The Champions Hockey League, the European club ice hockey competition, has signed off on its new long-term contract with the Infront agency.
The two parties agreed a five-season extension to their agreement last December and the deal has now been rubber-stamped. As part of the deal, which runs from 2023-24 to 2027-28, Infront will continue to serve as the CHL’s exclusive media and marketing partner.
The contract includes media and sponsorship rights, overall venue management, digital services and management of broadcast production.
Infront has represented the CHL rights since the league launched in 2014-15 with 44 teams (before expanding to 48 clubs for its 2015-16 campaign).
Going into the 2019-20 CHL season, Infront had secured 26 broadcast deals covering 63 territories. The CHL’s international broadcast footprint is often extended towards the end of the season as a handful of additional broadcasters come on board for the play-offs.
The CHL also presented its annual financial statement to shareholders during yesterday’s (Tuesday’s) general assembly meeting, which was held online and in the Swiss city of Zug. Although specific terms of the league’s financial results were not revealed, chief executive Martin Baumann said that a “small profit” was made.
He said: “On the financial side, I’m happy to report a pleasing company result for 2019-20 even though the CHF/EUR situation totally worked against us and our profits were reduced by massive exchange losses.
“Thanks to our very efficient cost management, we still made a small net profit which is not par for the course during challenging times.”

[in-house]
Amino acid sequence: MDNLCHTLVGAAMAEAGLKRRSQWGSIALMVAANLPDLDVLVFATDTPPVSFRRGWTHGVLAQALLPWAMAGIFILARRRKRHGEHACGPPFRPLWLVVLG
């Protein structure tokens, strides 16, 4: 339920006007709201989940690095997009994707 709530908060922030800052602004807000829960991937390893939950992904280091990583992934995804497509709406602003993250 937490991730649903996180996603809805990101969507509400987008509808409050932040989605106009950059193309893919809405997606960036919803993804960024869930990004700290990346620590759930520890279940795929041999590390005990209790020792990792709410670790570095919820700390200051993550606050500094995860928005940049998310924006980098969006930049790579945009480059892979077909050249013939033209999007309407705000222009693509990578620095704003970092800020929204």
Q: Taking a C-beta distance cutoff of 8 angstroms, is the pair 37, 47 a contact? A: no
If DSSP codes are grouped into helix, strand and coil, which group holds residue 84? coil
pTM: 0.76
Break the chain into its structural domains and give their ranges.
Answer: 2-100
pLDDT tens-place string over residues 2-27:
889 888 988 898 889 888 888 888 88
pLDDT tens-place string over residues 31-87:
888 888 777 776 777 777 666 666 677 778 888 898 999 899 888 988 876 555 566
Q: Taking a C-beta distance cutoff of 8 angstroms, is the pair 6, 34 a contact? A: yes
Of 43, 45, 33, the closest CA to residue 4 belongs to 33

The CHL is a Swiss-based company and must therefore provide its financial reports in Swiss francs (CHF).
The general assembly also saw CHL shareholders vote in favour of reducing the number of participating teams from 32 to 24, starting with the 2023-24 season, the same year the new Infront contract begins.
Peter Zahner, the CHL president, said: “The CHL board had negotiated the new contract with Infront under such a precondition, as a reduction in teams will create a higher-quality on-ice product and more exclusivity. This will also lead to greater financial compensation for the teams involved.”
He added: “Our shareholders showed that they have the big picture in mind and are keen to take the next step with our product, as a strong CHL benefits everyone.”
The CHL will continue to operate as a 32-team competition for three more seasons. The contractual pre-conditions stipulate that from the 2023-24 season onwards, the 24 teams must represent a minimum of 12 national leagues, and one national league cannot be represented by more than four teams.
A new share concept that will be integrated into the league’s shareholders’ agreement was also officially approved during the meeting. Although the split of share capital and the percentage of shares divided among all parties will remain as it was previously (clubs 63 per cent, national leagues 12 per cent and the International Ice Hockey Federation 12 per cent), the CHL said the new regulations will provide “simplification and allow for greater flexibility”.
The shareholders’ agreement was also extended until 2028.
The CHL currently features teams from Sweden, Switzerland, Germany, Finland, Czech Republic, Austria, Italy, Denmark, Belarus, Great Britain, France, Norway and Poland.